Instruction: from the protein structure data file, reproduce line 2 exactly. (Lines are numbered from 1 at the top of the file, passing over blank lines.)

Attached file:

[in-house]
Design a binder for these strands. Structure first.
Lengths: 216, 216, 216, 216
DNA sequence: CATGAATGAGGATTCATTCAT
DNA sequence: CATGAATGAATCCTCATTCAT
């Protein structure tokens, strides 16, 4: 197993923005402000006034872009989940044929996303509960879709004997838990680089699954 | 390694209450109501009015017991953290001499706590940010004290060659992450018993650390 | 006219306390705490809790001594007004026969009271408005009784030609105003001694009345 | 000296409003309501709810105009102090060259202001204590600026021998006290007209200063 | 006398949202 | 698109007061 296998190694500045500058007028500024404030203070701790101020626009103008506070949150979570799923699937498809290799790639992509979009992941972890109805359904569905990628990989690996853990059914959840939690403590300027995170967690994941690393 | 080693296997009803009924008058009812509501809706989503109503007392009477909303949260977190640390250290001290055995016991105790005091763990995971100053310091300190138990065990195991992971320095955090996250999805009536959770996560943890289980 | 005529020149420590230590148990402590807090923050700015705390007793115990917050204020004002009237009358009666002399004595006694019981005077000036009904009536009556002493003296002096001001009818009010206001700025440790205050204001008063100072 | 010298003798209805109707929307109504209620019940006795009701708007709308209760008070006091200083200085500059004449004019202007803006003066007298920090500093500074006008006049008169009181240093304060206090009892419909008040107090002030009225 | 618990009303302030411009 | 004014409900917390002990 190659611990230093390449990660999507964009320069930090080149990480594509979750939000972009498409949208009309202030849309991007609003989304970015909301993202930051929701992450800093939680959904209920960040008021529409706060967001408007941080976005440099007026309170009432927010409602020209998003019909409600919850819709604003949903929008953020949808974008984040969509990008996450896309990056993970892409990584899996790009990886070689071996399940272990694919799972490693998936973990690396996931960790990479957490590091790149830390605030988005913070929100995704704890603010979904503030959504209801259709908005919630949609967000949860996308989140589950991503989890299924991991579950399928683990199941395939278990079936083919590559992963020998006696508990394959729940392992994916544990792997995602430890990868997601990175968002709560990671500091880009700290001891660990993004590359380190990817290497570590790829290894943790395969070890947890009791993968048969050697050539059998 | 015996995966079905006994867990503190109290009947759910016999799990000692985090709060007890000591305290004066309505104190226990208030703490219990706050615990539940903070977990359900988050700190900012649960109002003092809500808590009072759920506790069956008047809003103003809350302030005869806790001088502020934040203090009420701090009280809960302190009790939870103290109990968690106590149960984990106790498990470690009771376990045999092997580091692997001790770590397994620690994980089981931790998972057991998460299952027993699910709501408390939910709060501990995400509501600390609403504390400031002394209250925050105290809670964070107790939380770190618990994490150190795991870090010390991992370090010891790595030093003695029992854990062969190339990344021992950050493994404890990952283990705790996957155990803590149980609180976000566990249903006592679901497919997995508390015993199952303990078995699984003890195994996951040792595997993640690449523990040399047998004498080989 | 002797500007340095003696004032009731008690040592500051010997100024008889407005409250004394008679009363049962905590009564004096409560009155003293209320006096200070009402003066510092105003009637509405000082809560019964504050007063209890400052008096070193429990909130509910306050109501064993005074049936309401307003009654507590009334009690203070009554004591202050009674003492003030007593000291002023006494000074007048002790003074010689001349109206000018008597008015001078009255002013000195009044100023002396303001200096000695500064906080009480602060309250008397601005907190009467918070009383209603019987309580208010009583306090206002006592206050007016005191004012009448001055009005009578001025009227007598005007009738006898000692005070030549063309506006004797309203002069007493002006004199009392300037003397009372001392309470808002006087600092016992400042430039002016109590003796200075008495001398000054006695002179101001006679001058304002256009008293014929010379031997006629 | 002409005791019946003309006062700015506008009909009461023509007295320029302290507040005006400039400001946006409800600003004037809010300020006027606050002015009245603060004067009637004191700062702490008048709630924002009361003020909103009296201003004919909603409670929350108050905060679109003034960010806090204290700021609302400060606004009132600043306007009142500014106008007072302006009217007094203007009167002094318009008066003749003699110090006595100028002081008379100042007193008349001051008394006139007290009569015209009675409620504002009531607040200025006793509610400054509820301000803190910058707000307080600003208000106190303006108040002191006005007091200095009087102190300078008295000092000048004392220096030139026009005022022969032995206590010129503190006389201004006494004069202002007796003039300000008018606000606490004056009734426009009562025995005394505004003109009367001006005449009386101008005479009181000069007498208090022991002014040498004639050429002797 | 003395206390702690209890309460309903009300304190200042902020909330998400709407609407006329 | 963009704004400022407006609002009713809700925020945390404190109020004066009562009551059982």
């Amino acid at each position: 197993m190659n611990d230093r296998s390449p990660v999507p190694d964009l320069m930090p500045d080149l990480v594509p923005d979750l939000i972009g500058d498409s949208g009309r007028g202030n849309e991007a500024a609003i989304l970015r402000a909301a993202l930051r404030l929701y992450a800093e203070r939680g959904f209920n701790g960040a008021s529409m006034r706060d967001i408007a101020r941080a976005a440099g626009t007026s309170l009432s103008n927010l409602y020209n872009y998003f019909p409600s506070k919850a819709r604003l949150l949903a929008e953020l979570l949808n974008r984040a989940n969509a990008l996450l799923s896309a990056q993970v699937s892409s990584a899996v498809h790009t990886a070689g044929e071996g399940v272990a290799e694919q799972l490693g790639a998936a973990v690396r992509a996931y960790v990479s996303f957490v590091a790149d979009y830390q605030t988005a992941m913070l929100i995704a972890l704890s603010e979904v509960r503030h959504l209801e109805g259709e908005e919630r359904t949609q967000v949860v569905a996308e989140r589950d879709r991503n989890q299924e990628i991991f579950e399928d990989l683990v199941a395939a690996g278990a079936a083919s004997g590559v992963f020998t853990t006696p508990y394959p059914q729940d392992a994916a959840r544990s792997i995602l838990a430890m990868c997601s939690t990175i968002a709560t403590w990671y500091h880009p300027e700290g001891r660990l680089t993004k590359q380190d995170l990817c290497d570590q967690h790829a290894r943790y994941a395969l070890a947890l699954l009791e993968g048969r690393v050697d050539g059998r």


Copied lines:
Design a binder for these strands. Structure first.